It appeared that there was recently some tension between NASA administrator Jim Bridenstine and SpaceX CEO Elon Musk regarding the American space agency’s International Space Station transportation needs and the commercial space company’s abilities to meet them.
A combination of sparring Tweets over Twitter and hasty comments made in news program interviews made it obvious that both parties severely needed to meet to discuss the problems at hand. Fortunately, such a meeting took place this past week, enabling both NASA and SpaceX to reevaluate the requirements to achieve a realistic crewed launch timeline.
Image Credit: Alex Gallardo/Associated Press
After Bridenstine and Musk met at SpaceX’s Hawthorne, California-based headquarters, they conducted a press conference during which the two discussed the apparent sparring and appeared to renew trust and understanding with one another. How that’ll hold up over the coming months, however, remains to be seen.
Bridenstine recently blasted SpaceX on Twitter, noting that the company should focus more on its contracted obligation to NASA than its personal Starship endeavors, but in the press conference, he had this to say:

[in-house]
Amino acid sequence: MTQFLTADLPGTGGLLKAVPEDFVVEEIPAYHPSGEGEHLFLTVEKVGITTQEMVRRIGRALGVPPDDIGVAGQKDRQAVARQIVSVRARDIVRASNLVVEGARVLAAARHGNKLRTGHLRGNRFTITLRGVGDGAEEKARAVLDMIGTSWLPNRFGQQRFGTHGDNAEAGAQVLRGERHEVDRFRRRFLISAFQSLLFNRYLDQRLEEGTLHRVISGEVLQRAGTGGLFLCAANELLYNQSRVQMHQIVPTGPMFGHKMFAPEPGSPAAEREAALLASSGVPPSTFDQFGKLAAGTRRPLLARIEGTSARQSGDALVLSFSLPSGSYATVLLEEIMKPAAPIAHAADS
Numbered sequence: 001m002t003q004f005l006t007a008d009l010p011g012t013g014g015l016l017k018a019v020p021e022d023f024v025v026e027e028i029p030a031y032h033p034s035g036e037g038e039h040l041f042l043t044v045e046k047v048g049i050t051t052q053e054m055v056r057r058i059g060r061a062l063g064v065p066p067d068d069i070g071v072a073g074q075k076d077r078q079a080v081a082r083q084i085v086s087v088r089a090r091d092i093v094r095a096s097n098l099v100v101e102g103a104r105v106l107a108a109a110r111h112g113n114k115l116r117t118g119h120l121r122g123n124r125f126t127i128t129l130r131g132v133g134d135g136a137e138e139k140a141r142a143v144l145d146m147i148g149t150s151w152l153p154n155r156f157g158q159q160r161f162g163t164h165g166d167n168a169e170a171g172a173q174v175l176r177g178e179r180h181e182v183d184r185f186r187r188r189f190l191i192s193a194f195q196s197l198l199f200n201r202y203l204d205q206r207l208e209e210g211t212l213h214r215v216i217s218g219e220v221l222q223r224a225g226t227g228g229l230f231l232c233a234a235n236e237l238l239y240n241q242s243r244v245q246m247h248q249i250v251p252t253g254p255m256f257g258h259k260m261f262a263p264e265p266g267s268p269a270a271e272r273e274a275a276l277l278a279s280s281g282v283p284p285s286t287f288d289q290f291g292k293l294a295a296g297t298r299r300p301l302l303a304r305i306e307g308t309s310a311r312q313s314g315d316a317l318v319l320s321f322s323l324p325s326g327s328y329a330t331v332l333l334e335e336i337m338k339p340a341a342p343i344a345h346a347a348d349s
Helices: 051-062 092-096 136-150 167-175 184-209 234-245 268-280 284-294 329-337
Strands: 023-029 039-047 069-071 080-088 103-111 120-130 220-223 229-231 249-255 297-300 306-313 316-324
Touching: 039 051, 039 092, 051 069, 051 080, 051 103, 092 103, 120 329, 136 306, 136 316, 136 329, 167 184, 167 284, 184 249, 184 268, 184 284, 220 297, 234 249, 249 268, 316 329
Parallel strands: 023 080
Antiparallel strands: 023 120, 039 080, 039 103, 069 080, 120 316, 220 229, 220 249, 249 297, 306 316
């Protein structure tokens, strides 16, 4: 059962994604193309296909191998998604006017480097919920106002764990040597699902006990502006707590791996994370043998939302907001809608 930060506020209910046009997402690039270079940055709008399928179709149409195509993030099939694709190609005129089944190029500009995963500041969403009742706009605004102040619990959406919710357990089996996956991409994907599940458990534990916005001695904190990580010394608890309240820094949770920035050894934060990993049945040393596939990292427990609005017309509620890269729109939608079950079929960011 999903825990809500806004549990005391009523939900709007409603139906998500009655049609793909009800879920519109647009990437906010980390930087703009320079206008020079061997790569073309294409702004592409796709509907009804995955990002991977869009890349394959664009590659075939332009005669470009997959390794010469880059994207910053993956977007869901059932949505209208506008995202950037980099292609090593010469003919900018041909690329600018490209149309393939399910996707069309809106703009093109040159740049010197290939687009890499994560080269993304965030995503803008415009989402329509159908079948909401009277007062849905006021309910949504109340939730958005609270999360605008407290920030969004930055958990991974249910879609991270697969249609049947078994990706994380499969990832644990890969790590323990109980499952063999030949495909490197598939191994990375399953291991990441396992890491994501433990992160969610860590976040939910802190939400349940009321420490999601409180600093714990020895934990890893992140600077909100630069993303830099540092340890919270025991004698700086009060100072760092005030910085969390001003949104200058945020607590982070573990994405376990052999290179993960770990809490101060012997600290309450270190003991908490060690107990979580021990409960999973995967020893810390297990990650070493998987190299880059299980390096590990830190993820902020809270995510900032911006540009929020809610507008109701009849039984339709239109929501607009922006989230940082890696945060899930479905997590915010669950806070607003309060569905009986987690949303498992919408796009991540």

"What we're trying to do is get back to a day where we have realistic cost and schedules. So I was signaling—and I haven't done it just to SpaceX, but to all of our contractors—that we need more realism built into the development timelines."
But Bridenstine wasn’t the only one guilty of firing shots. Musk too made a public display when he was conducting an interview with CNN. There, he jokingly responded to the Tweet with, “Did he say Commercial Crew or S.L.S.?”
SpaceX was poised to send astronauts to the International Space Station for the first time this year, and that timeline was pushed back time and time again because of NASA’s strenuous safety reviews, which exist to prevent accidents with living astronauts onboard. Abolishing or shortening those reviews could put astronauts at a higher risk of injury or death, but to SpaceX, it would mean getting equipment into the field more quickly to meet NASA’s deadlines.
NASA doesn’t want to see anyone get hurt, and so it should come as no surprise that the space agency won’t budge on its reviews. Instead, NASA appeared to give SpaceX a bit of leeway for testing by pushing the estimated crewed launch date to the first quarter of 2020.
Both Bridenstine and Musk appeared to agree that they’d like to see at least 10 successful tests before they’re ready to put living astronauts onboard for a launch mission. The two men were accompanied by commercial crew astronauts during the press conference, and they noted how they wouldn’t move forward with anything the astronauts weren’t comfortable with.
After getting everything out that needed to be said, both NASA and SpaceX appeared to kiss and make up, with Bridenstine saying that SpaceX was a wonderful partner to work with and Musk saying that it was an honor to work with NASA. On the other hand, we’ll just have to wait and see how everything plays out to see whether those kind words hold up if additional delays surface.